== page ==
Robert Bosch GmbH asked Volkswagen AG (IW 1000/8) eight years ago to indemnify it for using the emissions-cheating defeat device the supplier helped the automaker create for its diesel engines, U.S. car owners said in a new version of their lawsuit against both companies.
Bosch is accused in the lawsuit of conspiring with VW to develop technology that enabled diesel vehicles to evade pollution-control tests. After seeking legal protection from VW for its use of the device in the U.S., the German auto-parts supplier continued to participate in the conspiracy to hide the cheating from regulators, car owners said in a court filing citing a 2008 letter from Bosch to VW.
“Plaintiffs do not have a full record of what unfolded in response to Bosch’s June 2, 2008, letter,” according to the filing. “However, it is indisputable that Bosch continued to develop and sell to Volkswagen hundreds of thousands of the defeat devices for U.S. vehicles” even after it acknowledged in writing that the use of software as a “defeat device” was illegal in the U.S., according to the filing.
Bosch previously rejected as “wild and unfounded” car owners’ claims that 38 of its employees conspired with VW. Rene Ziegler, a spokesman for Stuttgart-based Bosch, declined on Wednesday to comment on the letter, citing the ongoing legal process.
The world’s biggest car-components supplier conducted its own internal probe in the early days of the scandal, which shook Volkswagen a year ago. Bosch Chief Executive Officer Volkmar Denner said in January that Volkswagen bore the responsibility for the emissions-cheating scandal. Bosch hasn’t boosted provisions to deal with legal costs from an earlier 650 million euros (US$731 million). The case’s focus has shifted to the parts maker -- already a defendant in the VW lawsuit in San Francisco -- after the car manufacturer negotiated a preliminary U.S. settlement that doesn’t include the German supplier.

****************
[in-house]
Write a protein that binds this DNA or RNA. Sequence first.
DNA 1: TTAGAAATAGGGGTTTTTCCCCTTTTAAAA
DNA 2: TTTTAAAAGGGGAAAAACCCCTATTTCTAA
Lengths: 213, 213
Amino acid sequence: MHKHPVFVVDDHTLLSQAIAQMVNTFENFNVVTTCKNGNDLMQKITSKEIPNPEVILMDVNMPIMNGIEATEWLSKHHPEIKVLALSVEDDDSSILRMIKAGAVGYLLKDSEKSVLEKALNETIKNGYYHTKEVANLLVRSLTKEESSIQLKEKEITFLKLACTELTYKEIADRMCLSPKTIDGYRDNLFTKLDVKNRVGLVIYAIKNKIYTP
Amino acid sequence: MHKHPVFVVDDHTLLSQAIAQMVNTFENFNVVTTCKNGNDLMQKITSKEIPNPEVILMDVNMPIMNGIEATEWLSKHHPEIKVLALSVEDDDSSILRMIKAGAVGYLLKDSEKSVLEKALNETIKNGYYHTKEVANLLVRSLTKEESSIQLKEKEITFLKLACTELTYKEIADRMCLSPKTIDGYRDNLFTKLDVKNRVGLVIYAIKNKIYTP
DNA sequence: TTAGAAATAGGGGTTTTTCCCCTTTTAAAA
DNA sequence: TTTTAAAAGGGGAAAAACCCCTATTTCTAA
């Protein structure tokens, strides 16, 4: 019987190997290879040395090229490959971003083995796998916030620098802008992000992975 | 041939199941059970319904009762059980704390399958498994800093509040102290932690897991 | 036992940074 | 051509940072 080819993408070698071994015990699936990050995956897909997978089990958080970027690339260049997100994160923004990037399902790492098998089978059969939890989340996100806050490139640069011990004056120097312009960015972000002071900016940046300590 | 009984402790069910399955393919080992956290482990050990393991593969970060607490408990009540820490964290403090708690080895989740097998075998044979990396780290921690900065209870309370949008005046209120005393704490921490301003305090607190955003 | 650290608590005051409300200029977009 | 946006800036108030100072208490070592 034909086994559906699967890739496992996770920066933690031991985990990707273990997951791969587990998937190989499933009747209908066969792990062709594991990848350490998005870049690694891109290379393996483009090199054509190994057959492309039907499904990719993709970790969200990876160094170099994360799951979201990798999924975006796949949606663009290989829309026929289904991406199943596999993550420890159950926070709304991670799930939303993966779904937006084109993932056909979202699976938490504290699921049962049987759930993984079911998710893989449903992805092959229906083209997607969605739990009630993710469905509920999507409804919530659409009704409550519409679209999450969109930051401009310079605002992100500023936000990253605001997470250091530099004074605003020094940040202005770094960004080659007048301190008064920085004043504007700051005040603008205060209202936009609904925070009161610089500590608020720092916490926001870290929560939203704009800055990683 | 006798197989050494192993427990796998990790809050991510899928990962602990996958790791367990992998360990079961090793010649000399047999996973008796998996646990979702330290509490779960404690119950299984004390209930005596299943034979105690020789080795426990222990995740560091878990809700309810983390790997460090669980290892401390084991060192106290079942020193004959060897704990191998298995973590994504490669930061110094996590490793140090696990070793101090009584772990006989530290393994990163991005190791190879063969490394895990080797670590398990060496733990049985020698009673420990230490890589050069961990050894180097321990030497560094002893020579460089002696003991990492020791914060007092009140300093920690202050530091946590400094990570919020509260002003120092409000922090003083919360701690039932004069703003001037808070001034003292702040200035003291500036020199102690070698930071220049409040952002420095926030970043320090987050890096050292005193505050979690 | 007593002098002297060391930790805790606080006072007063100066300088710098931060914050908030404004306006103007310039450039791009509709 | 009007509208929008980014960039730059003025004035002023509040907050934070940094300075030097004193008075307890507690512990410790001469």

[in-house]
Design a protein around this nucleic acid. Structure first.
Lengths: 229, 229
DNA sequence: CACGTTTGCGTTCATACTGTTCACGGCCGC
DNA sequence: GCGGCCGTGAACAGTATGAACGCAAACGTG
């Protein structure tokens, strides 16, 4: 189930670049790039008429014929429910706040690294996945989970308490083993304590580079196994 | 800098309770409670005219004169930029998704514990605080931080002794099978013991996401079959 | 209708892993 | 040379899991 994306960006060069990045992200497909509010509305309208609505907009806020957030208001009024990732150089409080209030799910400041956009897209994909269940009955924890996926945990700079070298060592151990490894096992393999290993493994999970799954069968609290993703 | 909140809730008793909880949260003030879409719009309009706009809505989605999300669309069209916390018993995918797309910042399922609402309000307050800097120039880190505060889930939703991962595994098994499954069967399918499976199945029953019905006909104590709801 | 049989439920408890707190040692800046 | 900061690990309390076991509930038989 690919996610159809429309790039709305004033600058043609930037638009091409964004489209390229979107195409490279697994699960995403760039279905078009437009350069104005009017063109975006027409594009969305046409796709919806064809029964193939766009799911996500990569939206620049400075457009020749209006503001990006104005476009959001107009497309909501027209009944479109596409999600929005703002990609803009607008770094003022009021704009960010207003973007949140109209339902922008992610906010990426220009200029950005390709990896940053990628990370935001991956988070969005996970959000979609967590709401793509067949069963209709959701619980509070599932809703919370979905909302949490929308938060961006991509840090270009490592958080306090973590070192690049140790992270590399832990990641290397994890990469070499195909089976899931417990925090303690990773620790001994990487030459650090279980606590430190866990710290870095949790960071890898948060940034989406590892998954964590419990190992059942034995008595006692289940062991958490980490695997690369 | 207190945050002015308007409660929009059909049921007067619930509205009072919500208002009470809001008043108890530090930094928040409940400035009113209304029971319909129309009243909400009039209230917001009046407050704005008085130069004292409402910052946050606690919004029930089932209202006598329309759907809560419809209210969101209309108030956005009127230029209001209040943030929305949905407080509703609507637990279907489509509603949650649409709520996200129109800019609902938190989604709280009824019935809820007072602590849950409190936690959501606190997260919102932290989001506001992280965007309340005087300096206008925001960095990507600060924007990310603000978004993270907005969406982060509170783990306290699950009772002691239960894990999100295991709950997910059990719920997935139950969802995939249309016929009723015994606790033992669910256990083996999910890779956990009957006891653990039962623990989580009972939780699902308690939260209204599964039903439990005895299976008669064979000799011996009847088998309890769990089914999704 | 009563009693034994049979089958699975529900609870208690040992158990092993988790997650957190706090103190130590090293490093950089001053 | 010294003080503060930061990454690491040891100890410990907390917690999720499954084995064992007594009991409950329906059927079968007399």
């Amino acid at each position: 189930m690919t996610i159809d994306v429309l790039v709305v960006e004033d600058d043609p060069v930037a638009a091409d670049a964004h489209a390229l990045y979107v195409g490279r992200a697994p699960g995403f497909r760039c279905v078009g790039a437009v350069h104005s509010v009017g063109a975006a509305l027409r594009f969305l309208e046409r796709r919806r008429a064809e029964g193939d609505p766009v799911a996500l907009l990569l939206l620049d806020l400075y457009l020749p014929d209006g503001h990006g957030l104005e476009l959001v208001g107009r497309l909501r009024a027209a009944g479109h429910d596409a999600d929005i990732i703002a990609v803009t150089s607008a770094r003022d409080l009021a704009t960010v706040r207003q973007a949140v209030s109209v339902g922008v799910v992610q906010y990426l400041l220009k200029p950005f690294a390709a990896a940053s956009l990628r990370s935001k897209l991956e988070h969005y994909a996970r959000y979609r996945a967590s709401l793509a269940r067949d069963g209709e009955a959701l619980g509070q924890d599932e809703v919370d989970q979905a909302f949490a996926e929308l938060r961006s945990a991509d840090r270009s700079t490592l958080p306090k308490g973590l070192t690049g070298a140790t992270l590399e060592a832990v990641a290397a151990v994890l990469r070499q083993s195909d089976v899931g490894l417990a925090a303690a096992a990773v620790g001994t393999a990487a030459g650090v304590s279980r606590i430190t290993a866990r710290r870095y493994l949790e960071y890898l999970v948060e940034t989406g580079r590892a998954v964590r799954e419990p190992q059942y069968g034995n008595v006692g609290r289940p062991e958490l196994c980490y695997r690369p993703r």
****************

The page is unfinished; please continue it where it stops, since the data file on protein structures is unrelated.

Volkswagen has already agreed to settlements that may total $16.5 billion to get 482,000 emissions-cheating diesel cars off U.S. roads. Those agreements cover car owners, U.S. federal and state governments and VW dealerships.
The Wolfsburg, Germany-based automaker still faces criminal probes, efforts by car owners in Europe to get U.S. Justice Department documents to buttress their own civil suits and a sales ban on many VW models in South Korea. The European Union, where most of the 11 million cars with the defeat devices were sold, is also pressuring VW to compensate car owners in the bloc’s member states.
Bosch's ‘Critical Role’
Lawyers for American car owners revised an earlier lawsuit in August to enhance accusations against Bosch over its alleged role in the decade-long scheme. A copy of the lawsuit filed Friday in a San Francisco federal court removed blacked-out portions to provide a more complete picture of the allegations against Bosch.
“Discovery of Bosch has just begun, but the evidence already proves that Bosch played a critical role in a scheme to evade U.S. emission requirements,” consumer lawyers said last month in a partially sealed filing. Among the details included in the unsealed version of the filing Friday was the demand for indemnification for anticipated liability arising from the use of the “defeat device,” as Bosch called it in the letter.
“Volkswagen apparently refused to indemnify Bosch, but Bosch nevertheless continued to develop the so-called ‘akustikfunktion’ (the code name used for the defeat device) for Volkswagen for another seven years,” the consumer lawyers wrote.
The term akustikfunktion dated back to use by Audi in the 1990s when it “devised software that could switch off certain functions when the vehicle was in test mode,” the consumer lawyers alleged.
Bosch later concealed the defeat device in communications with U.S. regulators once questions were raised about the emission control system in VW vehicles and “went so far as to actively lobby lawmakers to promote Volkswagen’s ‘Clean Diesel’ system in the U.S,” they added.
By Margaret Cronin Fisk